Another thing that provides me with endless amusement in Argentina is how many streets and schools are named after 'Las Malvinas Argentinas'. If one sees a map in that country the Falkland Islands will be highlighted and every town is renamed with a Spanish name that it has never had (and never will). Naturally it's not something I bring up when I'm in the country. The majority of Argentinians who died in that war were young conscripts. Argentina was in the grip of a dictatorship at the time and was in the midst of the 'dirty war' where the military murdered 30,000 people. Again, Argentinians have my sympathy.

Argentina can be rather melancholic. The people are very proud and they have fallen greatly. For the majority of the Twentieth Century they were ruled by a collection of kleptomaniacs and psychopaths. Now there is no money to restore the once grand buildings, in fact, not even enough money to fix things that break through everyday wear-and-tear. Still, despite all of these things it a really great place, demonstrated by the fact I returned there and hope to do so many times again (hopefully in December).
Afternoon: Cross the mountains into Argentina. Arrive in Bariloche. Find accommodation.Eat!

Wednesday 27th October:
Morning: Eat a big breakfast of steak. My Canadian flatmate and travelling companion washes it down with beer but I feel that this is a tad excessive before noon. The meal comes in at less than One Pound Fifty and it is huge and delicious.

Afternoon: Go and explore the area. Bariloche is officially part of Patagonia but it is different to the type of land that Patagonia is famous for. Instead of a neverending flat, the area is mountainous and full of lakes, the most famous being Lake Nahuel Huapi (it's a Mapuche name). We take a ski-lift to go to the top of a very high hill so we can see all around us. Up there we meet dozens of Argentinian schoolchildren. It seems traditional in Argentina that in your final year of primary and secondary school, your entire school year will go on a trip somewhere. Here we bumped into a crowd of 12-13 year olds, though we saw many different children, from different schools and different ages. The children were very polite and always tried to make conversation ... Argentinians don't lack confidence ... when we come down from the hill we go and explore the forest and lakes up close. Excellent.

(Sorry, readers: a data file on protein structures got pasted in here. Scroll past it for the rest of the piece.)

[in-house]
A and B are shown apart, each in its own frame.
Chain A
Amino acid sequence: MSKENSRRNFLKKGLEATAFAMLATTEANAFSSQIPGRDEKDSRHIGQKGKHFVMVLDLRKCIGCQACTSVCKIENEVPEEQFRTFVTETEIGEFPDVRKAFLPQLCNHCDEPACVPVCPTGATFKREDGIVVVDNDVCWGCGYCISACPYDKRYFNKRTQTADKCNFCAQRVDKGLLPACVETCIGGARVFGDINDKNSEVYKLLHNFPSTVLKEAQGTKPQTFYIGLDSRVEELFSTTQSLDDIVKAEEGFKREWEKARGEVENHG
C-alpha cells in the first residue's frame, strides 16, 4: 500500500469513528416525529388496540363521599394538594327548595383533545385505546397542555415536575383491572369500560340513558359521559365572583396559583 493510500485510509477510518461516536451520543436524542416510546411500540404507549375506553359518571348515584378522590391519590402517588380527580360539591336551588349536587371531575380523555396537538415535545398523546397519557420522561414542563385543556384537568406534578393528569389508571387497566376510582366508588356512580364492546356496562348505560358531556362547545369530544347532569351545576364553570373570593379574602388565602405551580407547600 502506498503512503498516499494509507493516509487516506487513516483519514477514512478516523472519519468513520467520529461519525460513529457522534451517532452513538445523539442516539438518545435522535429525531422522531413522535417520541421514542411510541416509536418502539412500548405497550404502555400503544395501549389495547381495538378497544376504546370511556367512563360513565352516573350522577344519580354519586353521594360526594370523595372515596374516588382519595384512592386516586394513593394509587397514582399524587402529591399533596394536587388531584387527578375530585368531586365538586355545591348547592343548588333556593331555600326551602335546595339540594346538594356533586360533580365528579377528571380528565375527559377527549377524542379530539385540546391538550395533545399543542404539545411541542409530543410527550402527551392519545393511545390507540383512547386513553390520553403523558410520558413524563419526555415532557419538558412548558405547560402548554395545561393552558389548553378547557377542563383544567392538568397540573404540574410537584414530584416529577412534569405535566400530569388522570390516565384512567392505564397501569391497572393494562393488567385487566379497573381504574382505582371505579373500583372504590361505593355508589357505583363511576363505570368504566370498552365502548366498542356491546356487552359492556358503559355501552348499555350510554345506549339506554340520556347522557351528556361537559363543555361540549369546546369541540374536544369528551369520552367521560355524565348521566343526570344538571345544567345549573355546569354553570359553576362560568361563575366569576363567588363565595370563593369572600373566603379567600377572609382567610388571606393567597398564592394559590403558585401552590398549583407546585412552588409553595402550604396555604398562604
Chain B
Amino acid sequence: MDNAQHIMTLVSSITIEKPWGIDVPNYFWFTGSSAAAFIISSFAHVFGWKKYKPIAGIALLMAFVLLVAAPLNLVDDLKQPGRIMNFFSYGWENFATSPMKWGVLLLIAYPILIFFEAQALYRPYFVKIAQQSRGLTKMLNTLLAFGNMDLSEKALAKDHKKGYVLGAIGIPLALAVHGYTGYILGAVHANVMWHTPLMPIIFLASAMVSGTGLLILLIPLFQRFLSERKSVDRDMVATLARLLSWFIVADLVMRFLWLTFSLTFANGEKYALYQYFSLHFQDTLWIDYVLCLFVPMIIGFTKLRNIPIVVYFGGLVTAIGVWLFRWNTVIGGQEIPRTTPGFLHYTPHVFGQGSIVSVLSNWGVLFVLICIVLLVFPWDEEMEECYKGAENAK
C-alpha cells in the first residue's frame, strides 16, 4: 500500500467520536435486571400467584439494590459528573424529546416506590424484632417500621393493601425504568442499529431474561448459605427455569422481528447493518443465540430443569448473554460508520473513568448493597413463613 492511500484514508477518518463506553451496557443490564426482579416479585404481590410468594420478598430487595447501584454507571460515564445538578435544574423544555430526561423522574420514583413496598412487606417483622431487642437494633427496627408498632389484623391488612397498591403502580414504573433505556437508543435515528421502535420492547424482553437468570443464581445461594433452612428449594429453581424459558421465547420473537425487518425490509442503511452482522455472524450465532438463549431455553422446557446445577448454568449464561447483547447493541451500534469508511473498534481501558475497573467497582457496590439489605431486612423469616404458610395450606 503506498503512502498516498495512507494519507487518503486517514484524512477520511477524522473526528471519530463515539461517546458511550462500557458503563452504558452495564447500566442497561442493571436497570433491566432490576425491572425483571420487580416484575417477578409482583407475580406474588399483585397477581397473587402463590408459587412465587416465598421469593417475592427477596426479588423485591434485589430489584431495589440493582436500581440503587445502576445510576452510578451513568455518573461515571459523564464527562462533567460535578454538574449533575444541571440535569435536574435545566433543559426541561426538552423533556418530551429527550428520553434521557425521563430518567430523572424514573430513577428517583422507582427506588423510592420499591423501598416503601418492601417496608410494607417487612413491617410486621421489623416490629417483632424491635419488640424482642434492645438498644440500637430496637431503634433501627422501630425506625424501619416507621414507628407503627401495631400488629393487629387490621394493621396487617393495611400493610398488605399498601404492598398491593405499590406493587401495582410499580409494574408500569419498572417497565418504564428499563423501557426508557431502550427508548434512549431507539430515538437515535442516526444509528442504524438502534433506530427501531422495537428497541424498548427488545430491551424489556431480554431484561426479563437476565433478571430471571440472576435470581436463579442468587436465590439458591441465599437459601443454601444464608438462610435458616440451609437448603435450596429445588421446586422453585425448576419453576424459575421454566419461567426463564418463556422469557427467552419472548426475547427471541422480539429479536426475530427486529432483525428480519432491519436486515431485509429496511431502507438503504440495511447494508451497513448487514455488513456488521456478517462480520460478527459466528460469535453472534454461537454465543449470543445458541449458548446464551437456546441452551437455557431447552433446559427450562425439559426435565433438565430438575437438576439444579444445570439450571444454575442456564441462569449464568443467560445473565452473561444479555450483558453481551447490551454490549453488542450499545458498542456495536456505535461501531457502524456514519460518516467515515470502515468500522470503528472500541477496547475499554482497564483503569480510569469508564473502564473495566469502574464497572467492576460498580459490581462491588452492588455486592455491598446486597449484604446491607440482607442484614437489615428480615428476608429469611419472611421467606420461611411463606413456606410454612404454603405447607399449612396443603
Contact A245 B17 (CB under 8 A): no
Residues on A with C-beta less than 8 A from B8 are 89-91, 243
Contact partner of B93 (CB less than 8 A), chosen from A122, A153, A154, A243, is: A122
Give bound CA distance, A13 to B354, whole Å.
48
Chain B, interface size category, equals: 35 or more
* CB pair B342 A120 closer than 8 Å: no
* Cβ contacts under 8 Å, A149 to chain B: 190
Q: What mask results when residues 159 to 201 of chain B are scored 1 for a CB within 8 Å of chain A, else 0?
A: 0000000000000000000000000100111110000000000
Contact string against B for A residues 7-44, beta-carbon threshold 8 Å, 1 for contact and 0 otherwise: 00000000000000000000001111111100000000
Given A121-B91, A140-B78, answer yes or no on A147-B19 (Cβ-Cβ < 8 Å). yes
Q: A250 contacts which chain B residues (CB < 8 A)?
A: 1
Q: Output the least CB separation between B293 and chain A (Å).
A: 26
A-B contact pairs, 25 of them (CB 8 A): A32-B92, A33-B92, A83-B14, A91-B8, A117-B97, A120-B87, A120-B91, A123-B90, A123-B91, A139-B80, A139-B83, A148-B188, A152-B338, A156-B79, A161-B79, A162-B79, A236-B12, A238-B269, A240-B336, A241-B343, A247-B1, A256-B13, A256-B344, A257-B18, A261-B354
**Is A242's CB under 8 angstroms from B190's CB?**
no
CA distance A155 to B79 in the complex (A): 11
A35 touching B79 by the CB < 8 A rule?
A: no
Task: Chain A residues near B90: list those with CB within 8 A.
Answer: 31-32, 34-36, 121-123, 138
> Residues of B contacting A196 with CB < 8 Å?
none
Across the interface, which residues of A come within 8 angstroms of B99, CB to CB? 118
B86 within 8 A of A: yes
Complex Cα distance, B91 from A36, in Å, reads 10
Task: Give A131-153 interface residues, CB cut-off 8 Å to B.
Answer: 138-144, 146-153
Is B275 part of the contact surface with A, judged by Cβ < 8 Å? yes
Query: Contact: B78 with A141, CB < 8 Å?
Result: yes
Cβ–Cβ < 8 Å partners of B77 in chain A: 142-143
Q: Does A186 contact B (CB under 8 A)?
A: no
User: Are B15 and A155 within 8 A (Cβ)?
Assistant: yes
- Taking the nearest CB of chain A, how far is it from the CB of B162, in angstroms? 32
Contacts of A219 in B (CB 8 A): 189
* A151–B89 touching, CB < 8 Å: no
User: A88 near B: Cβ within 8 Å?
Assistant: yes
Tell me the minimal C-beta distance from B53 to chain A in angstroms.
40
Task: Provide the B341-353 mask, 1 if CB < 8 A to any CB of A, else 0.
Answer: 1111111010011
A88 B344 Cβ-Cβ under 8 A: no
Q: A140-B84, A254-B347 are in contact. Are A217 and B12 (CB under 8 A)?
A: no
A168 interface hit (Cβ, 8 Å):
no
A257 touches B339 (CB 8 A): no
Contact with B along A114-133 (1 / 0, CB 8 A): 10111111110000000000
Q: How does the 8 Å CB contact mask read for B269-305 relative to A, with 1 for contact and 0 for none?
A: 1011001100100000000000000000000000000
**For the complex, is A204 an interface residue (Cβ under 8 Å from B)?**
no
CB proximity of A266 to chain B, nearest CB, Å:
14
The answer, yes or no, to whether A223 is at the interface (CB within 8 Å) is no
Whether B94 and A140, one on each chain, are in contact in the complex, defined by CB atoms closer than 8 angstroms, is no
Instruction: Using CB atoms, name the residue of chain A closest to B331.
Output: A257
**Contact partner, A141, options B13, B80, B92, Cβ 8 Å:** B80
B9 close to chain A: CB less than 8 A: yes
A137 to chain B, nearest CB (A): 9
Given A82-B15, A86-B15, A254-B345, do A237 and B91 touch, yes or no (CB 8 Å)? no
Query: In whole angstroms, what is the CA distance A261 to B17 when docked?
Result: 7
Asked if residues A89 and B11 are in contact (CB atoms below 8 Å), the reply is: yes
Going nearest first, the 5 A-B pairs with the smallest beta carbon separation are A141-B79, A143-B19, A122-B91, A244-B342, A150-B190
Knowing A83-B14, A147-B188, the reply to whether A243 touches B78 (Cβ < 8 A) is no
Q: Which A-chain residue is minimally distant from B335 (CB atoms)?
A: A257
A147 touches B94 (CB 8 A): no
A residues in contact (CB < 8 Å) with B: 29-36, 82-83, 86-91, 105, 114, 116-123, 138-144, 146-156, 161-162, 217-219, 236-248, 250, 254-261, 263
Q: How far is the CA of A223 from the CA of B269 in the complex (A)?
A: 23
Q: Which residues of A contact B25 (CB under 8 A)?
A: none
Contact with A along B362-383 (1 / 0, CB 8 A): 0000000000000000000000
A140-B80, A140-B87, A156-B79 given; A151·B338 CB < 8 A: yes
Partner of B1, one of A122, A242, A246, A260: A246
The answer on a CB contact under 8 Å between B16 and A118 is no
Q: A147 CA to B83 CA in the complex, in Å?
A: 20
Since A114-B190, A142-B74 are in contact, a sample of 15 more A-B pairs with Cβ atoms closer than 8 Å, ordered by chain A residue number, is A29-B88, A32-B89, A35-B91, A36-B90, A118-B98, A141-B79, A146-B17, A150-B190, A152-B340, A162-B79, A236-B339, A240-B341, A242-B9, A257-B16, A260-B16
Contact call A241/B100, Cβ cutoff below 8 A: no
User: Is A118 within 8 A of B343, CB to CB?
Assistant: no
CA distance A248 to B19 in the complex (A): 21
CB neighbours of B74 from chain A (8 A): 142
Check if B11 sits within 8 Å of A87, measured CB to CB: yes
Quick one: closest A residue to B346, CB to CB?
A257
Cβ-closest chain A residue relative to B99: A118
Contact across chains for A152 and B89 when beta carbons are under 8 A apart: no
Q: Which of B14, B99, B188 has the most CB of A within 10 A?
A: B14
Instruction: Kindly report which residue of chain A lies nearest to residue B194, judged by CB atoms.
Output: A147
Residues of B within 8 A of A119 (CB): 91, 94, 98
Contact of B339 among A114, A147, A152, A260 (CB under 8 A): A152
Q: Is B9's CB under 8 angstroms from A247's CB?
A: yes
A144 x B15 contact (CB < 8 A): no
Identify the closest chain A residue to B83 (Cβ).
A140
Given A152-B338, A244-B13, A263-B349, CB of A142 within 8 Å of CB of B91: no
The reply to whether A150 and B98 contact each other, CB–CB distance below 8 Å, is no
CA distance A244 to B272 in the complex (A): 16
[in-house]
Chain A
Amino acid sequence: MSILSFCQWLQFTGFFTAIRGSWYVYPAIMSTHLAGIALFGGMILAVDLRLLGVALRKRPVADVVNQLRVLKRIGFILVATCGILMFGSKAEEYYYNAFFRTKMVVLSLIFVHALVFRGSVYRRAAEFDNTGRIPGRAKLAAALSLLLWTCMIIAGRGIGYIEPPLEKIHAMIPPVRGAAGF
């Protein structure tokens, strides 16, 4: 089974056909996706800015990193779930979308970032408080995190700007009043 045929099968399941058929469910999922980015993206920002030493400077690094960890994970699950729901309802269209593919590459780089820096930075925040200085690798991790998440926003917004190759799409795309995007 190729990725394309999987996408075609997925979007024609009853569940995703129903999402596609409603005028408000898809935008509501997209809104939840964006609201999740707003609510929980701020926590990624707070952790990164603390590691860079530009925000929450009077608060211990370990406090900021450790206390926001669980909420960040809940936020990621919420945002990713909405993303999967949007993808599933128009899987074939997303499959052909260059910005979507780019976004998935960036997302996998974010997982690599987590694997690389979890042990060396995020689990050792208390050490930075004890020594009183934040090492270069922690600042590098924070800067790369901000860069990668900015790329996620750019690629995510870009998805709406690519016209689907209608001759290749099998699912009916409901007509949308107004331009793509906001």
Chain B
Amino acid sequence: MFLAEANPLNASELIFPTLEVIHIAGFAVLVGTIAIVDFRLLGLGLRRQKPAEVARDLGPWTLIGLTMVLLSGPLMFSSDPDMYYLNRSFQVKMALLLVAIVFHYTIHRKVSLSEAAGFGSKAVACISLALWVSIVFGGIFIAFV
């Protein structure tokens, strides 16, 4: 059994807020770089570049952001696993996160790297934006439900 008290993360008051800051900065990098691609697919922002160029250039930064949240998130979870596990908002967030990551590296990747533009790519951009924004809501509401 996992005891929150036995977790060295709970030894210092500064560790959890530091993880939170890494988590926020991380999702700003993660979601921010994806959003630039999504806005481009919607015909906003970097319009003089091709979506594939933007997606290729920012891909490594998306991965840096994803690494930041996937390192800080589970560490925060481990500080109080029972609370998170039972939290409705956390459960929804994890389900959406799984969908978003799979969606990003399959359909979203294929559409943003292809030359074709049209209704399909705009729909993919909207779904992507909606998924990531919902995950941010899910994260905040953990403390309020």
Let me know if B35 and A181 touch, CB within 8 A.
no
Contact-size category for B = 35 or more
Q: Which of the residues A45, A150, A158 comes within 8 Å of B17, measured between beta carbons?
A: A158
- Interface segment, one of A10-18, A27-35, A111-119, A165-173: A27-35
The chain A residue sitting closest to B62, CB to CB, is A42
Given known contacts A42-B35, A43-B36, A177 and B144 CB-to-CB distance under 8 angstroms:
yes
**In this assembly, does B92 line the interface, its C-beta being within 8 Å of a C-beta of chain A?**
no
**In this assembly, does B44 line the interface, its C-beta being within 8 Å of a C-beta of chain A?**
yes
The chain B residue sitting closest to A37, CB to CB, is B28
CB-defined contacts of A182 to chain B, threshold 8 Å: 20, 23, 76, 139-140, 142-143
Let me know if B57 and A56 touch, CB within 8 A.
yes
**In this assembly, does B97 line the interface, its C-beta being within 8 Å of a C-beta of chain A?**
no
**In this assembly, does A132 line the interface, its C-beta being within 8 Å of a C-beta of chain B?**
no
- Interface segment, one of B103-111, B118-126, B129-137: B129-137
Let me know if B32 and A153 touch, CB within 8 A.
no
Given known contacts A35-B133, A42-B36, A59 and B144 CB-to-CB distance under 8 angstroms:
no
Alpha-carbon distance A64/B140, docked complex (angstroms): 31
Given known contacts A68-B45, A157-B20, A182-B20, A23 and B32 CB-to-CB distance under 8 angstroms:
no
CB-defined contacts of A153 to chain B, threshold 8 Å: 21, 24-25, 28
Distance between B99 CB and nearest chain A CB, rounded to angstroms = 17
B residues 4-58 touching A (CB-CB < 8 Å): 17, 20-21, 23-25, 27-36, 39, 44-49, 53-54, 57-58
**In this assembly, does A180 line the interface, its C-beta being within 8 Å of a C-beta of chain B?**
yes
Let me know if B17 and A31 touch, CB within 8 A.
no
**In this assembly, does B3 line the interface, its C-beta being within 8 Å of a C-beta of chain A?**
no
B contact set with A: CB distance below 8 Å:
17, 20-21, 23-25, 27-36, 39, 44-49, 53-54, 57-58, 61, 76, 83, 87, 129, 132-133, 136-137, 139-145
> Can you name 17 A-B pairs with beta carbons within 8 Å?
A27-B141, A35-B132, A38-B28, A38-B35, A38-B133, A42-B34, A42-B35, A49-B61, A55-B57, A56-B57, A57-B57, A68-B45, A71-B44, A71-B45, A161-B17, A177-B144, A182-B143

Lake Huapi
Evening: Eat again, this time at an all-you-can-eat-buffet.

Thursday 28th October:
Morning: Go and eat.
Afternoon: Whilst my flatmate runs around the forests again, I explore Bariloche. The town is one big chocolate emporium! I have never seen so much chocolate and my life (and good stuff too, not the cheapo rubbish you get in Chile)! I highly recommend Bariloche to women and other people with chocolate addictions!
Evening: Go and eat ... a lot.

Friday 29th October:
Morning: Depart for Chile by bus.